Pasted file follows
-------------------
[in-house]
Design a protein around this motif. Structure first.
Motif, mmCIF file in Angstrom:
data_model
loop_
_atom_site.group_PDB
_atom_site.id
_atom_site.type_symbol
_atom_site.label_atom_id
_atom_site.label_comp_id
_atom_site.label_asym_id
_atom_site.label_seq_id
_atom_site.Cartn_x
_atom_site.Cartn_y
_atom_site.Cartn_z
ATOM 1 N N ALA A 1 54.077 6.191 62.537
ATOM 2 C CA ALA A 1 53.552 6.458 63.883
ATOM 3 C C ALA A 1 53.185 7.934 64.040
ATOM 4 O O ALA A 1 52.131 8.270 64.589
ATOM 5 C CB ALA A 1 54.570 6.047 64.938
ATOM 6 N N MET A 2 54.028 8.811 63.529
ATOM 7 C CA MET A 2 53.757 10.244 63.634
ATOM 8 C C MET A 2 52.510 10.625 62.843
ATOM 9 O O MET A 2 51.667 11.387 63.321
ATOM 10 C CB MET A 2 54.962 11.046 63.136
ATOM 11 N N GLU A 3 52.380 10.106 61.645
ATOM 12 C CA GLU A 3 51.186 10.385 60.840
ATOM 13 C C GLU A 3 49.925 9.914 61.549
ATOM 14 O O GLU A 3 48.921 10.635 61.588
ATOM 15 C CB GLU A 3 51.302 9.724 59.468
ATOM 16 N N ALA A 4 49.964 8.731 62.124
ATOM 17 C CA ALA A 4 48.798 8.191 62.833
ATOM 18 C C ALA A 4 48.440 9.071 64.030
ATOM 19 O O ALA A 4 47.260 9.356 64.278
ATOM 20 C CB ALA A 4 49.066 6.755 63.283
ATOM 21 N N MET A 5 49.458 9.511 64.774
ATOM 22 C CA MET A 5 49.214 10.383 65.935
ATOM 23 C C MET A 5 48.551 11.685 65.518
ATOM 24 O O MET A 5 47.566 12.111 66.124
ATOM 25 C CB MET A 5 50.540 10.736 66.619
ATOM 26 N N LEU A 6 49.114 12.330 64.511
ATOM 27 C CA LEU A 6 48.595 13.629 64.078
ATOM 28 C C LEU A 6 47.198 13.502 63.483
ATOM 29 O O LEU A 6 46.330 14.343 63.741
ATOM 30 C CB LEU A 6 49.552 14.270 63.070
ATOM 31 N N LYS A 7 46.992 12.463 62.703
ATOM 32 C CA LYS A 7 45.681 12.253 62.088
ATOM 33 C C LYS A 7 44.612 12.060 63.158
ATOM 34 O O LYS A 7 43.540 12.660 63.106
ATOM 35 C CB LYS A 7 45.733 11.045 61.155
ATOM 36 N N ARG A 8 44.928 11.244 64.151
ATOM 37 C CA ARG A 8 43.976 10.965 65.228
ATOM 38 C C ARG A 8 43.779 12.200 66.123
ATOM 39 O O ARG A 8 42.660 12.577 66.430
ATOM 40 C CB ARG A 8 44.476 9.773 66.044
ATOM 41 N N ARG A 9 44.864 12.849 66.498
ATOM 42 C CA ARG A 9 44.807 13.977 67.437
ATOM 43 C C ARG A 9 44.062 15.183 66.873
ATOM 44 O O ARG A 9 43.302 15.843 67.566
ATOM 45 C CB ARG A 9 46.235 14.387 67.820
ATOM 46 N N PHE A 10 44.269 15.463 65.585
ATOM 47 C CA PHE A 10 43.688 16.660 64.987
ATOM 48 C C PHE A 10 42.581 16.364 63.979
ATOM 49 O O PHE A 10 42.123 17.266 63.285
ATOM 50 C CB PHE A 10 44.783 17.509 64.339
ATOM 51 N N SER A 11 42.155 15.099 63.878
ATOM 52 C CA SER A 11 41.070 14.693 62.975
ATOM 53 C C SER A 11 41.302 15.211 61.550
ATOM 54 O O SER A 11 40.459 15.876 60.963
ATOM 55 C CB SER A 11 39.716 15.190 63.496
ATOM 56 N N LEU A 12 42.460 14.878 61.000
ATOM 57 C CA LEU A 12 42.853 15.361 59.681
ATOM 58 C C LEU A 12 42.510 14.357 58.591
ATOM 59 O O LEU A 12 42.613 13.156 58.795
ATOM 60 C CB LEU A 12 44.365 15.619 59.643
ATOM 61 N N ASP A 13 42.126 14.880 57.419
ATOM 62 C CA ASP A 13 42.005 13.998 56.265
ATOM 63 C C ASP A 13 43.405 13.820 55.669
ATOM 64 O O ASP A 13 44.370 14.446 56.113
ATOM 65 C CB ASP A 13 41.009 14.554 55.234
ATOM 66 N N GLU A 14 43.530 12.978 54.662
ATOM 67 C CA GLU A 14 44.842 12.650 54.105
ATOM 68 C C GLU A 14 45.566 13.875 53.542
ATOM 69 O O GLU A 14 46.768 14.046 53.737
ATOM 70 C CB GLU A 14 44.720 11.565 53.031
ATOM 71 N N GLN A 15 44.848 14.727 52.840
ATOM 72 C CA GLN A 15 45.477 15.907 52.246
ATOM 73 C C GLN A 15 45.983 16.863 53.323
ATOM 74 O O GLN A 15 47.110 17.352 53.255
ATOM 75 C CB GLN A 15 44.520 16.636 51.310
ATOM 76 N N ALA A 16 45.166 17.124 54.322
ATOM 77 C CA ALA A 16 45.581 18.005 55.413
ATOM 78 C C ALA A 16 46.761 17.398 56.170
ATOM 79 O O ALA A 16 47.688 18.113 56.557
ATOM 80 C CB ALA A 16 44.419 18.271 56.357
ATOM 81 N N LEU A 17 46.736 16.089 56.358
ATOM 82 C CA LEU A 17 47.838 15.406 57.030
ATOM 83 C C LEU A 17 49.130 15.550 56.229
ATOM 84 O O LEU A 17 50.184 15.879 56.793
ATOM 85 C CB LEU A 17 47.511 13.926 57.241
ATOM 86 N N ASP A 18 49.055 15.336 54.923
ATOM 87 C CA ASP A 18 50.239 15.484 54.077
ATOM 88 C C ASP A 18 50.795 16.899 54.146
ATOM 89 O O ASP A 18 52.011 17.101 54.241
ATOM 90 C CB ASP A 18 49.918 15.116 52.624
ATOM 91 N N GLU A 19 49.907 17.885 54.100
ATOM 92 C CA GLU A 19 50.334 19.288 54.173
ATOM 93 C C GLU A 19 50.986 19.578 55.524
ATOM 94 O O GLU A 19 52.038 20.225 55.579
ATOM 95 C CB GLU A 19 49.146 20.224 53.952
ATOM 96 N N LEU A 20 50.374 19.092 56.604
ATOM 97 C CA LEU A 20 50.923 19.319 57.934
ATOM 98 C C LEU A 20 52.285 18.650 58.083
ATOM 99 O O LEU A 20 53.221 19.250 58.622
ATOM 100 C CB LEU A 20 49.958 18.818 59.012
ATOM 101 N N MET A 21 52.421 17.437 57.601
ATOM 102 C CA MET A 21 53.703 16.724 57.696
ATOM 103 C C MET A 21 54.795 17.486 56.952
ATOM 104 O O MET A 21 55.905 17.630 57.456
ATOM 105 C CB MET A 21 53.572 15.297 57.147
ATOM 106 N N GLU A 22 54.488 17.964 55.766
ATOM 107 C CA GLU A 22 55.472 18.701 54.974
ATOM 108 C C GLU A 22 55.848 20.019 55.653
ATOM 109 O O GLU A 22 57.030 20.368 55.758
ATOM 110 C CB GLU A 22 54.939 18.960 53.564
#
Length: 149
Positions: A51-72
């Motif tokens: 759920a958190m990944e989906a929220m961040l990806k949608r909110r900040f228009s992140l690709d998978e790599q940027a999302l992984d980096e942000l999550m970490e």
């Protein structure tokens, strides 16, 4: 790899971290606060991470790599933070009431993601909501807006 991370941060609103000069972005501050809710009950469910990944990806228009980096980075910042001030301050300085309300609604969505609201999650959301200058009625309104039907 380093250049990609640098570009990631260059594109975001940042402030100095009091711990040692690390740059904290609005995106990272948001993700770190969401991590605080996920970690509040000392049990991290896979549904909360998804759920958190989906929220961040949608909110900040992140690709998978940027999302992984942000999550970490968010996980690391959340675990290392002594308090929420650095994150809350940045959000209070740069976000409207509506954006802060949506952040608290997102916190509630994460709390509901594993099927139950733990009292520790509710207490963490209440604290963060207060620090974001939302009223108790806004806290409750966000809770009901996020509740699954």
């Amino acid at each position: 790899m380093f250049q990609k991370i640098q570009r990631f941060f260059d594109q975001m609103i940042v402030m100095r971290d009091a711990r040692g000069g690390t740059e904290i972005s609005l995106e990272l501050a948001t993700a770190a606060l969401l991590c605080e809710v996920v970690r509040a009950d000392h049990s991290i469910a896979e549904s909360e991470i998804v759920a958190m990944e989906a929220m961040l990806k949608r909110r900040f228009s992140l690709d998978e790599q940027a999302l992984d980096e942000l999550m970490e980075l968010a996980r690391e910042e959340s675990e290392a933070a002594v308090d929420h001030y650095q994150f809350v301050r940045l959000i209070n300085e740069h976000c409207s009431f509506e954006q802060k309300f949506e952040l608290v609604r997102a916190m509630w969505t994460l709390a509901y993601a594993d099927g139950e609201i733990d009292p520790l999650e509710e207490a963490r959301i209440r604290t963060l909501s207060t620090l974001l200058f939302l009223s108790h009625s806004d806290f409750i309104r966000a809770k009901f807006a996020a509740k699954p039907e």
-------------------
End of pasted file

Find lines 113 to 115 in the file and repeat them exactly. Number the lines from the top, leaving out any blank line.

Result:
ATOM 98 C C LEU A 20 52.285 18.650 58.083
ATOM 99 O O LEU A 20 53.221 19.250 58.622
ATOM 100 C CB LEU A 20 49.958 18.818 59.012